Let’s get started with a long series of post that will plot where I have been at over the last four months and would explain why I’m “back from the dead” as it is known. My three-month trip which started back in June this year took me from Melbourne to Perth and on to Europe, which was where I was “last seen” had I not changed my “blogging from” status back to Melbourne (which arguably only starts applying tomorrow because I’m not in Melbourne). Now that I’ve given you a mouthful of words to digest, here’s the hopefully more visually appealing and interesting bit.
I lugged a modestly sized bag and a massive bag onboard with me at the start of the trip. Melbourne-Perth was my first stop and whilst I was waiting for my plane at Tullamarine International Airport very early in the morning, a coffee was probably the only thing that was on my mind (if you’ve been following Melodious Expeditions for some time, then you’ll know that I love taking pictures of coffee)!
A few hours later and two hours back in time, I arrived at Perth’s domestic terminal. The international and domestic terminals are separated in Perth, but you can get a shuttle bus between them.
Rainy weather greeted me as I travelled into the city centre, where I would take public transport to where I was staying. This post is more about my strolls through the city centre and surroundings.
You could class Perth’s CBD into business and shopping areas. The shopping area is located on two major streets: Murray and Hay St (Hay St is one of the major “bloodlines” that runs out into the suburbs, when I do a post on the suburb of Subiaco in the near future, you’ll hear that name again)
Murray Street in the central shopping district is a pedestrian road, lined with a nice arcade of trees, not forgetting a heap of shops. If you’re looking for either Optus or Telstra telephone shops and service centres, you’ll not run out of options in the city.
Forrest Chase shopping complex, with a Myer department store and a lot of other useful places that’ll hurt your wallet. The building is also directly connected to the main train station via a bridge.
Here’s another view of Murray Street from the overhead bridge that connects Forrest Chase with its neighbour Carillon Centre.
I find it advantageous to have all-pedestrian zones in major shopping districts. Just makes the place very attractive for walking.
In the several visits I have made to Perth this year, I’ve made this cafe my regular place. You’ll find Bocelli just as you come down the escalator from Forrest Chase near the central area.
They do sandwiches and other light snacks as well! Very tasty!
The construction here was well underway in June when I visited and has now been completed. I was guessing what it could’ve been back then and simply dismissed it as renovation works, but it turns out that they’ve built a stage and placed some green artwork in this area.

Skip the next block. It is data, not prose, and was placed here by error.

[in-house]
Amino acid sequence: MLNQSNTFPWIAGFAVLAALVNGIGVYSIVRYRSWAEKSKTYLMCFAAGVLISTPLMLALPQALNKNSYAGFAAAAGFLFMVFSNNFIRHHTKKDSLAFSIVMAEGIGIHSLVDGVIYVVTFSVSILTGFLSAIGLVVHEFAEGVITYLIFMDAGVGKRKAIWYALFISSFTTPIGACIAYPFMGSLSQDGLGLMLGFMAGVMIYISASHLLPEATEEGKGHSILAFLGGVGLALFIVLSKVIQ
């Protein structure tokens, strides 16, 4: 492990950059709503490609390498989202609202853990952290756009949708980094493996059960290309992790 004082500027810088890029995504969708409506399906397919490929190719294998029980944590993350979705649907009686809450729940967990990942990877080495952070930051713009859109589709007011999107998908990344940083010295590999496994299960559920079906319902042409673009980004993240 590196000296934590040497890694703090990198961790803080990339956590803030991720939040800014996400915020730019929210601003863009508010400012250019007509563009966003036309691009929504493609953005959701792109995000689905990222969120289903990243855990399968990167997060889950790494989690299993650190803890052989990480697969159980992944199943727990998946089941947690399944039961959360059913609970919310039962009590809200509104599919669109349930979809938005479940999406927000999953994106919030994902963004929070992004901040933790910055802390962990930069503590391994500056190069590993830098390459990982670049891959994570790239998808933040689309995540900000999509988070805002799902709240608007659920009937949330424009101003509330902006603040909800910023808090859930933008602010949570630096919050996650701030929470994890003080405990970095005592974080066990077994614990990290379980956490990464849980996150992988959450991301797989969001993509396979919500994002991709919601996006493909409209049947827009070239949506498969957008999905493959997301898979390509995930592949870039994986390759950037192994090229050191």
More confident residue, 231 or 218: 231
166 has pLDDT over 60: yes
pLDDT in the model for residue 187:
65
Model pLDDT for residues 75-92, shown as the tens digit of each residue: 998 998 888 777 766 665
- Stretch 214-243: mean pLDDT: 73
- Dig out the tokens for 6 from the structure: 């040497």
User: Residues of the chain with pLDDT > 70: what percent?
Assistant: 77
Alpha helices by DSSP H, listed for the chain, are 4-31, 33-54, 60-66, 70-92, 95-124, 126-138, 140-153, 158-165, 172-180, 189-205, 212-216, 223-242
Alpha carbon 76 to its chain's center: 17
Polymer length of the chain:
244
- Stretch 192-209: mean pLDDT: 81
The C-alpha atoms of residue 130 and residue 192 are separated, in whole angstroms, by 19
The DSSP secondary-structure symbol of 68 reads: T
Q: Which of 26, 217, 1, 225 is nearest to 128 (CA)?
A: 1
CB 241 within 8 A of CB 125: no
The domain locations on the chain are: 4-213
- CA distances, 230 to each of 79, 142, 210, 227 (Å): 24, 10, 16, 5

The central post office on the opposite end backing onto the Commonwealth bank building, both in a rather old-style architecture that gives character to the place.
A view from the Fremantle line platform (number 7) at Perth train station. Like Melbourne, they’ve kept the traditional architecture of the train station, situated amongst many modern tall buildings.
I am lucky that I do not have to wait 82 minutes for the Armadale line. My ride was just four minutes away.
Out in the suburbs, you get a very different impression. A lot of greenery and less of the urban greyness. And this is only a few stops away.
The city is also lined with bicycle paths everywhere so you can easily transport yourself from one end to the other. I have to try that one day, but since there’s no way of shrinking my bike to fit in my suitcase, it’ll have to wait.
Strolling through Perth also did not just include the city centre, but also the coast. I would say that you’d be walking at a brisk pace for about an hour from CBD to the nearest beach (if you’re up for it). I tried and it was a pleasant walk on a fairly warm day. Sunset is amazing so I’d recommend getting there for the event.
Perth has got a lot of nice beaches. Cottesloe being the most popular I would believe. Will find a chance to go there the next time I’m in Perth.
Moving our attention back to the city, another well-known place in Perth is King’s Park, a gigantic mass of greenery raised well above river level. I walked there from the CBD and was greeted by a nice evening sky. The buildings on the horizon are residential towers that overlook the city.
…and this is the view you get if you can afford a place here. After a ridiculous climb up an uncountable number of steps to get to the top and start of the park, I finally caught my breath while taking pictures. If you love jogging and are in Perth, you’ll want to find this long staircase. The climb will certainly toughen you up for any mountain you’d like to conquer.
Overall, Perth is a great mix of the grey, the green and the water. At night you can still see the hustle and bustle of the highway, but also the tranquility that seems to reside over the city. Am I sounding to poetic? Alright, I’ll stop.
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